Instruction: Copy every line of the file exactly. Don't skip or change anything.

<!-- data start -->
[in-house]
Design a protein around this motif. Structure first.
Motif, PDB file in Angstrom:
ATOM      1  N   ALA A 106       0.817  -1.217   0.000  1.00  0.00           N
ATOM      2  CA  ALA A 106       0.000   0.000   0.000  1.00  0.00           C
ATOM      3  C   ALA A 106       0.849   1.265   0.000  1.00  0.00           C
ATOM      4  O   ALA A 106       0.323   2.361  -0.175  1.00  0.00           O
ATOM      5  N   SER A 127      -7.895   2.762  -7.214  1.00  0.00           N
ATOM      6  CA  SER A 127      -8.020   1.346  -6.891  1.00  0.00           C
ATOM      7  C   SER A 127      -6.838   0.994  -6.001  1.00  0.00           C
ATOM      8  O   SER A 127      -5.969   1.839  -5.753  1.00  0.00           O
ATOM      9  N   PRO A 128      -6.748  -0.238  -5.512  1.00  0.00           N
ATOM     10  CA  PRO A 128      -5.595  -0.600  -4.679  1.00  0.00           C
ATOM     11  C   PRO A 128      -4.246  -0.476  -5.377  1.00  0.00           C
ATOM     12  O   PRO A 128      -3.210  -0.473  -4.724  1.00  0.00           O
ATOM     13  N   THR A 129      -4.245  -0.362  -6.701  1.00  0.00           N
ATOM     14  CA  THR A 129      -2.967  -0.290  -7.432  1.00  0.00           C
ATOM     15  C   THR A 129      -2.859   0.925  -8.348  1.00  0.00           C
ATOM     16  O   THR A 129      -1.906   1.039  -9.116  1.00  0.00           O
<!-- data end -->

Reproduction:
[in-house]
Design a protein around this motif. Structure first.
Motif, PDB file in Angstrom:
ATOM      1  N   ALA A 106       0.817  -1.217   0.000  1.00  0.00           N
ATOM      2  CA  ALA A 106       0.000   0.000   0.000  1.00  0.00           C
ATOM      3  C   ALA A 106       0.849   1.265   0.000  1.00  0.00           C
ATOM      4  O   ALA A 106       0.323   2.361  -0.175  1.00  0.00           O
ATOM      5  N   SER A 127      -7.895   2.762  -7.214  1.00  0.00           N
ATOM      6  CA  SER A 127      -8.020   1.346  -6.891  1.00  0.00           C
ATOM      7  C   SER A 127      -6.838   0.994  -6.001  1.00  0.00           C
ATOM      8  O   SER A 127      -5.969   1.839  -5.753  1.00  0.00           O
ATOM      9  N   PRO A 128      -6.748  -0.238  -5.512  1.00  0.00           N
ATOM     10  CA  PRO A 128      -5.595  -0.600  -4.679  1.00  0.00           C
ATOM     11  C   PRO A 128      -4.246  -0.476  -5.377  1.00  0.00           C
ATOM     12  O   PRO A 128      -3.210  -0.473  -4.724  1.00  0.00           O
ATOM     13  N   THR A 129      -4.245  -0.362  -6.701  1.00  0.00           N
ATOM     14  CA  THR A 129      -2.967  -0.290  -7.432  1.00  0.00           C
ATOM     15  C   THR A 129      -2.859   0.925  -8.348  1.00  0.00           C
ATOM     16  O   THR A 129      -1.906   1.039  -9.116  1.00  0.00           O